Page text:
Well, well, well. Kate Middleton, aka the Duchess of Cambridge, is expecting a baby! Her husband, Prince William, is reported to be ecstatic. The people of Great Britain are utterly delighted that the Royal Family soon will have a new heir. And they are sending up a collective prayer that the expectant mother will soon get over a bad case of hyperemesis gravidarum (a sort of extra wicked morning sickness), which caused Kate to be hospitalized.
Isn’t it sweet that a whole country is in such a jolly good mood since the baby news was announced? It seems the royal pregnancy is being celebrated all over the world.
Let’s compare and contrast.
The pampered duchess won’t have to worry about health insurance, hospital costs or missing a paycheck during her pregnancy. Nope, she will be giving birth to the third in line for the royal throne, so all the nuisance of medical paperwork and bills will be taken care of automatically by the British government.
Here in America, things are very different for pregnant women. We don’t mollycoddle them much, and it is not unusual to see an expectant mother continue to work until close to their due date — mostly for economic reasons.
A law passed in 1993 (the Family and Medical Leave Act) protects the job of a new parent if he or she wants to take unpaid leave after a birth or adoption. And there is the Pregnancy Discrimination Act of 1978, which requires employers to treat pregnant mothers the same as they would any other employee with a temporary limitation.
For example, if an employer grants lighter duty for a person with a temporary bad back or for someone who just returned to work after hernia surgery, then it must also be granted to a pregnant woman.
But guess what? There is little enforcement of the law. Employers fire pregnant women anyway by coming up with all sorts of dubious reasons. It’s a shame because women currently make up about half the U.S. workforce. And for an increasing number of families, Mom is the primary breadwinner. She’s also, of course, the one who delivers future new taxpayers to the nation.
Among the horror stories: Victoria Seredny worked as the activity director in a nursing home. When her doctor ordered that she not lift heavy objects following a miscarriage scare — something she was required to do just a few minutes a day — her boss refused to allow other workers to help her, even the ones who volunteered their assistance. Victoria was fired for failure to perform her duties.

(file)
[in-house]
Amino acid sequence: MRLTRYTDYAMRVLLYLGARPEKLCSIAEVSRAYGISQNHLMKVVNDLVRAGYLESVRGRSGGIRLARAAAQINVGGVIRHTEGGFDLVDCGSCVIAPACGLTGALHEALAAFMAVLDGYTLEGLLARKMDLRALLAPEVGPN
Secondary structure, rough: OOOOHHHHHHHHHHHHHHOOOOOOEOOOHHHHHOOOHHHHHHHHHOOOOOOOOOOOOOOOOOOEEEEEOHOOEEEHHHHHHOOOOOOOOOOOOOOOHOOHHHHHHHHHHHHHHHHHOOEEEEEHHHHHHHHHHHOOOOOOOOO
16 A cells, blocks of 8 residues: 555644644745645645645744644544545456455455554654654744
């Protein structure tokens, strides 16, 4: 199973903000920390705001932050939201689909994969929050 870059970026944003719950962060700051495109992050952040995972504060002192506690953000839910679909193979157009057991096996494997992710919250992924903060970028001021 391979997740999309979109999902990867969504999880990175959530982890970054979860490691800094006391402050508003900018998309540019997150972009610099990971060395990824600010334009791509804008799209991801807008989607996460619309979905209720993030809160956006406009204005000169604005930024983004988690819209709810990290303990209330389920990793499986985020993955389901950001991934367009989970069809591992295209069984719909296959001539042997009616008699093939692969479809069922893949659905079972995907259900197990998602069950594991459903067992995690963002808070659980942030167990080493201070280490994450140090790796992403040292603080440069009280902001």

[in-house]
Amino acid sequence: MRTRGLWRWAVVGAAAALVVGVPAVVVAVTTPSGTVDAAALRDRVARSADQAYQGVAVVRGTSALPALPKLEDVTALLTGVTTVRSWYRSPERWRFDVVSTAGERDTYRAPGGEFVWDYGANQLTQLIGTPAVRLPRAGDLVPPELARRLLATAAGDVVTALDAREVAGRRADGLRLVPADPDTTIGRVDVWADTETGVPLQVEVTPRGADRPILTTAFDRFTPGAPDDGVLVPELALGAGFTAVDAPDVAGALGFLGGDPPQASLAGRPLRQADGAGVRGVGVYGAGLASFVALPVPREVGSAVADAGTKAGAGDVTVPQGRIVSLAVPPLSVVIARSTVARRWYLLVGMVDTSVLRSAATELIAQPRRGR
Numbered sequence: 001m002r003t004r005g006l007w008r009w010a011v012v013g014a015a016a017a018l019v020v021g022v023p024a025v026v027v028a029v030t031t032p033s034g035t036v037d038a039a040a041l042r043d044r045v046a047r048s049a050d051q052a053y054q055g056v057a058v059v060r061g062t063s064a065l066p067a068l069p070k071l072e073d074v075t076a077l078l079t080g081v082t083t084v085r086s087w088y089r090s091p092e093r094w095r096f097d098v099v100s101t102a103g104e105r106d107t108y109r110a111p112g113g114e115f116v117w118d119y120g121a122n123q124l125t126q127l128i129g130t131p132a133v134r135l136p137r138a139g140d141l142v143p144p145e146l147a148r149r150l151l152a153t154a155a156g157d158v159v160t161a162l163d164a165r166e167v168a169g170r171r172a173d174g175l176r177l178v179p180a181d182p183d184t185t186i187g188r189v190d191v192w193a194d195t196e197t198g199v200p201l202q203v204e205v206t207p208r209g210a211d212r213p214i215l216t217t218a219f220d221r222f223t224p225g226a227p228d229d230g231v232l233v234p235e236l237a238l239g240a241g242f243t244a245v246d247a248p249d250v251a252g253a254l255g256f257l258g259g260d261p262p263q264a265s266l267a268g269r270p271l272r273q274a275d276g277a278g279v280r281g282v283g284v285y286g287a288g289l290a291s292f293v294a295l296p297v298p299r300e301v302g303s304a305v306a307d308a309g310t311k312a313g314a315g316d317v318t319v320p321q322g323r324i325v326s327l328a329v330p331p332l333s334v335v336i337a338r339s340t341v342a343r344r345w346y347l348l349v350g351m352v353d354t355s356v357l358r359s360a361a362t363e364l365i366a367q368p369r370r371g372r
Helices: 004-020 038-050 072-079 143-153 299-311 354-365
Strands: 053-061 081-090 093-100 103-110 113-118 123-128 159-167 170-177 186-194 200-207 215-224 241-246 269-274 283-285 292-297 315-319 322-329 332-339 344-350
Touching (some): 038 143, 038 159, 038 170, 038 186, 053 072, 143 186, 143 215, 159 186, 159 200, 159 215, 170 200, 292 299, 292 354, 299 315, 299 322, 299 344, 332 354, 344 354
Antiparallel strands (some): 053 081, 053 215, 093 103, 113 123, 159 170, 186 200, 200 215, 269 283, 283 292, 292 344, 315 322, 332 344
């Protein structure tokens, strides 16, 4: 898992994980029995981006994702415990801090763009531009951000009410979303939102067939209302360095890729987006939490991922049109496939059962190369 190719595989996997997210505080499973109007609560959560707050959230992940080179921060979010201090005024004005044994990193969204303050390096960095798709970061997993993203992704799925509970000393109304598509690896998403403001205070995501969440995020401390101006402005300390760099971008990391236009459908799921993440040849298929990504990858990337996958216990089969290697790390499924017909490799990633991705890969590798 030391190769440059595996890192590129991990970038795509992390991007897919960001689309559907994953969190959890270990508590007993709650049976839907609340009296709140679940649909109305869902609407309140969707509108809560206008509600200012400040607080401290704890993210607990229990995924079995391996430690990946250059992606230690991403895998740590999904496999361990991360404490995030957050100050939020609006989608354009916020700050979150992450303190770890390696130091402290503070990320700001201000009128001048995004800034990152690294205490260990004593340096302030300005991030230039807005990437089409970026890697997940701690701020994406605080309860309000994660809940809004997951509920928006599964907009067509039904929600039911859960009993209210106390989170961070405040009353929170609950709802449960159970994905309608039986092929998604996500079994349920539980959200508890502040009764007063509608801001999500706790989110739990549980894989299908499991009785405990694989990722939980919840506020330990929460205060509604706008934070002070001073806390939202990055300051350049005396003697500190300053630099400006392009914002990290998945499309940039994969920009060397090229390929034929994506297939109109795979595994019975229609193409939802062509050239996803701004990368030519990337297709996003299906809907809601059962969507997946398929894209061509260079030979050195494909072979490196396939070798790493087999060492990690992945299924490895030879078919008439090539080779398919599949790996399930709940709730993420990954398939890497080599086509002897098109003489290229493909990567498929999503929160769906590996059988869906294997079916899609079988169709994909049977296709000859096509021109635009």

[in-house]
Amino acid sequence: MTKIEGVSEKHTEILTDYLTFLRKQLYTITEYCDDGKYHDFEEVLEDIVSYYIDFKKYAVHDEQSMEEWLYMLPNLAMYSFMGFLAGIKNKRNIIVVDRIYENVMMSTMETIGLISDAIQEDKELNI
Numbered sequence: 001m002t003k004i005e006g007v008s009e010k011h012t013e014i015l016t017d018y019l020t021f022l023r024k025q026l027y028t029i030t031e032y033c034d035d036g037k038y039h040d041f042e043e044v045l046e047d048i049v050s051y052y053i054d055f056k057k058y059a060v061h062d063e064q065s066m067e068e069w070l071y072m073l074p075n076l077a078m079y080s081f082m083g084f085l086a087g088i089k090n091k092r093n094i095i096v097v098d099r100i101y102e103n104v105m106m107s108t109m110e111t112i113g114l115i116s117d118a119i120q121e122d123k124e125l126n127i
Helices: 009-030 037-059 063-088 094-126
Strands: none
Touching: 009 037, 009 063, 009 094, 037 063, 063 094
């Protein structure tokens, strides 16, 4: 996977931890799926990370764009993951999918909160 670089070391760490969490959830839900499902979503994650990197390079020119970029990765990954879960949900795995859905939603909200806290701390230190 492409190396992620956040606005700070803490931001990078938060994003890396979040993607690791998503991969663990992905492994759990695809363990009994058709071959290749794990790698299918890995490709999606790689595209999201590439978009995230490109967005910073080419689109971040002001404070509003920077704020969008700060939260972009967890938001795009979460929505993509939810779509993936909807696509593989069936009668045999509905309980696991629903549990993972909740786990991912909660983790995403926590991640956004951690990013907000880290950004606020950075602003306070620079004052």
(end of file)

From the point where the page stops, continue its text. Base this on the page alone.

Heather Wiseman’s pregnancy caused her to have recurring bladder infections, and her doctor told her to be sure to stay hydrated all day. She began to carry a water bottle with her when she went to her job on the sales floor at Walmart. Her boss informed her that only cashiers were allowed to have water bottles, and when she continued to show up with her doctor-ordered bottle she was fired for insubordination.
Peggy Young worked for United Parcel Service, and on occasion, her delivery duties required that she lift packages as heavy at 70 pounds. When she became pregnant, she asked for a lighter assignment. UPS denied the request even though the company had accommodated other employees who had been injured in a car accident or lost their driver’s license due to a drunken-driving conviction!
These three women all sued their employers and lost. Appeals are under way.
Enter now what seems to be a long-overdue proposed law called the Pregnant Workers Fairness Act. It was introduced in Congress earlier this year. It sounds good on paper, but its language makes me cringe a bit. The proposal requires that employers offer pregnant employees the same kind of accommodation that disabled citizens get under the Americans with Disabilities Act, unless “the accommodation would impose an undue hardship on the operation of the business.”
Well, excuse me. As a formerly pregnant woman, I didn’t consider myself disabled. Fat, maybe, and like a sponge that had absorbed too much fluid — but certainly not disabled! Why doesn’t Congress just enforce (or add amendments with some teeth) to the Pregnancy Discrimination Act?
So many times we have laws in place that, if properly enforced, could fix myriad problems. Instead, some politician decides to write up a whole new law that, of course, takes forever to pass in our paralyzed-by-partisanship Congress.
Does anyone really think that both the Senate and the House of Representatives, consumed with fiscal cliffs and other major economic issues, will prioritize passage of the Pregnant Workers Fairness Act? Yeah, me neither.
Discrimination against pregnant mothers could end tomorrow if there was a concerted, unified effort to do so. Here’s a suggested message from Washington to employers: You are not legally entitled to fire a pregnant woman because she needs an extra bathroom break or can’t lift a heavy box, or because she’s not the svelte figure you’d like greeting customers at the front desk. Case closed.
Hey, isn’t this the administration that boasted how much they do for women? Then prove it.